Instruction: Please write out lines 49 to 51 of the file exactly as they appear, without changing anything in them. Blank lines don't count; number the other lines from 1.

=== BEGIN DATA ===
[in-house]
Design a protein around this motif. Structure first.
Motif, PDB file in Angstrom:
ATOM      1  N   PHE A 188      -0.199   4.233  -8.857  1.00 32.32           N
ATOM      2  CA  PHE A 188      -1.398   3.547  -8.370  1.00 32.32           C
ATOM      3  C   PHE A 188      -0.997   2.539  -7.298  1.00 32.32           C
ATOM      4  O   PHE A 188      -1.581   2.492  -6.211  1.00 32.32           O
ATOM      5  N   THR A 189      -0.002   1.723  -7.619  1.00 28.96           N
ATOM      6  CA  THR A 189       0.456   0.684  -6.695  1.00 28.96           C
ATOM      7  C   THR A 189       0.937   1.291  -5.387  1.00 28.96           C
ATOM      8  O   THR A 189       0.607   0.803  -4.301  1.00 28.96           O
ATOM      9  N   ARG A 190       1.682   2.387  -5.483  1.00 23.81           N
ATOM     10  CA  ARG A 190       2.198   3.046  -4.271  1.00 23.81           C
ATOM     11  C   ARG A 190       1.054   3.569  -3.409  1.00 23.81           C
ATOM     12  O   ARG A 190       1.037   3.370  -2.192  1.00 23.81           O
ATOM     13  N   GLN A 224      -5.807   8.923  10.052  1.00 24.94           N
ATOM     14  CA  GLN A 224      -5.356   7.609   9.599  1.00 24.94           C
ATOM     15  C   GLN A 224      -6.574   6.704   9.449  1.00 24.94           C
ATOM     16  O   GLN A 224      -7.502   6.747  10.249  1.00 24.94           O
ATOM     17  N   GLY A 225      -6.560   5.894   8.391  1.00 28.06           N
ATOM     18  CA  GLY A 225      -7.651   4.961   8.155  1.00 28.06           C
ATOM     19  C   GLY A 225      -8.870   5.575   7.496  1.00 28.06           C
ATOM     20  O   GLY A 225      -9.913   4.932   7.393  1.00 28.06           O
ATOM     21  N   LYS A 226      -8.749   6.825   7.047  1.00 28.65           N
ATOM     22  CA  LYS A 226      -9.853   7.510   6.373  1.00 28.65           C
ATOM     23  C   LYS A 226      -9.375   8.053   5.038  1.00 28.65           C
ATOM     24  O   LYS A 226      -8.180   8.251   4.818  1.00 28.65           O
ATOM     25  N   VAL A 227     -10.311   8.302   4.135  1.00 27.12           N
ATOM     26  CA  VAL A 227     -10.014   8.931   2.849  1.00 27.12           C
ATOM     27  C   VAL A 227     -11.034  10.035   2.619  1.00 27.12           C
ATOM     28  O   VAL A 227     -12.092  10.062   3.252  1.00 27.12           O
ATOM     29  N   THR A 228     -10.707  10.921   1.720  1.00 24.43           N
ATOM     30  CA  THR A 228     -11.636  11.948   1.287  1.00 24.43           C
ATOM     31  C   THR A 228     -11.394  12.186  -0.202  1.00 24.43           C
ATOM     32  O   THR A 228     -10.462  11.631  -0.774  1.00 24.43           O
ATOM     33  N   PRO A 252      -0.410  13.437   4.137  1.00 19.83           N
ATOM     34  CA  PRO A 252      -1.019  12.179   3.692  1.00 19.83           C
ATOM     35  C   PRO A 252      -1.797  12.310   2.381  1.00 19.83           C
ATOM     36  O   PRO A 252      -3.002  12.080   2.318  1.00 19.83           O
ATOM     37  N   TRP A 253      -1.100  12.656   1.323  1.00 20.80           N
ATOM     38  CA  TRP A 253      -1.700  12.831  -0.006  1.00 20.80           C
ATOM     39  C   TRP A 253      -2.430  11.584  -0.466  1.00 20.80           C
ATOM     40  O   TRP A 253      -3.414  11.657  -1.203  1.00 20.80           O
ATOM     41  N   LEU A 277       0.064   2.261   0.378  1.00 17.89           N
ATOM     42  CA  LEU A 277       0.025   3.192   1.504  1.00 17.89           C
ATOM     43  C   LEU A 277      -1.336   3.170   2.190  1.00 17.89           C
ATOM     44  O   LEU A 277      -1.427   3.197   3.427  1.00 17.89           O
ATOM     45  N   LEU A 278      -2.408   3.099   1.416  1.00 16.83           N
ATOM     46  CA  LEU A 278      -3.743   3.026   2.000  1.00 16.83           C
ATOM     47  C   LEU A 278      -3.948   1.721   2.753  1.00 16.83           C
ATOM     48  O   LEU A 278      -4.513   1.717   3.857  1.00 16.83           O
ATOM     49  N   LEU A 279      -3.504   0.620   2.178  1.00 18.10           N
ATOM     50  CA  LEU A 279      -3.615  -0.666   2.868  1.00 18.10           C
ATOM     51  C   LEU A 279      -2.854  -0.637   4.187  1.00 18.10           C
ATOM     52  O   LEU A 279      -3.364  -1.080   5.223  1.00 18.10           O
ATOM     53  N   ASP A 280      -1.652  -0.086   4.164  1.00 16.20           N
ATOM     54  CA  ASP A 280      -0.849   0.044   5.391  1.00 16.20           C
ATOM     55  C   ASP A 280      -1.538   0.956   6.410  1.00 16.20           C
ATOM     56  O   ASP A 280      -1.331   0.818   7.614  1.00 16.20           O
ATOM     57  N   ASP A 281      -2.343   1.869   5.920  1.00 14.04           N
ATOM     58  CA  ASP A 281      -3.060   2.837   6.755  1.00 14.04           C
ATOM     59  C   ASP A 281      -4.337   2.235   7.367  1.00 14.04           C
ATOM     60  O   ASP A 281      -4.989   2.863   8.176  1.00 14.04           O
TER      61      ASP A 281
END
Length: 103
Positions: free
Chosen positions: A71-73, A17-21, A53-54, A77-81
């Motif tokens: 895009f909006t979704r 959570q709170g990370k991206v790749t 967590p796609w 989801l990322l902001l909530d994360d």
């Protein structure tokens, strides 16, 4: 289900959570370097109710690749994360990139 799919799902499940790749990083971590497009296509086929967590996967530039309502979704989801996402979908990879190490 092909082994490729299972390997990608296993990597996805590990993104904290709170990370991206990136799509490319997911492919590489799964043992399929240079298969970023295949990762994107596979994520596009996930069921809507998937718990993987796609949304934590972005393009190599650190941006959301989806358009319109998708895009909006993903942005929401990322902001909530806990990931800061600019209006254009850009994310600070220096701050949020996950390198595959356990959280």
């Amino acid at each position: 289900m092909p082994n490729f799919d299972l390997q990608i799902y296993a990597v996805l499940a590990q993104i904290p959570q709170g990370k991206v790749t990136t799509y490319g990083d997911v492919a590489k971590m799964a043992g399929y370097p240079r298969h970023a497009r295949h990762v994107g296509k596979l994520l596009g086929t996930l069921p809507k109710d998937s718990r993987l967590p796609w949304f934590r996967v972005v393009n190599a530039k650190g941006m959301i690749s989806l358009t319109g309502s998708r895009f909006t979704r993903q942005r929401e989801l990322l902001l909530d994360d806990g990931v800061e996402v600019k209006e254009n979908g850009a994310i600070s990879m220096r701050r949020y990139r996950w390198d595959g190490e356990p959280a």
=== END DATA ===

ATOM     46  CA  LEU A 278      -3.743   3.026   2.000  1.00 16.83           C
ATOM     47  C   LEU A 278      -3.948   1.721   2.753  1.00 16.83           C
ATOM     48  O   LEU A 278      -4.513   1.717   3.857  1.00 16.83           O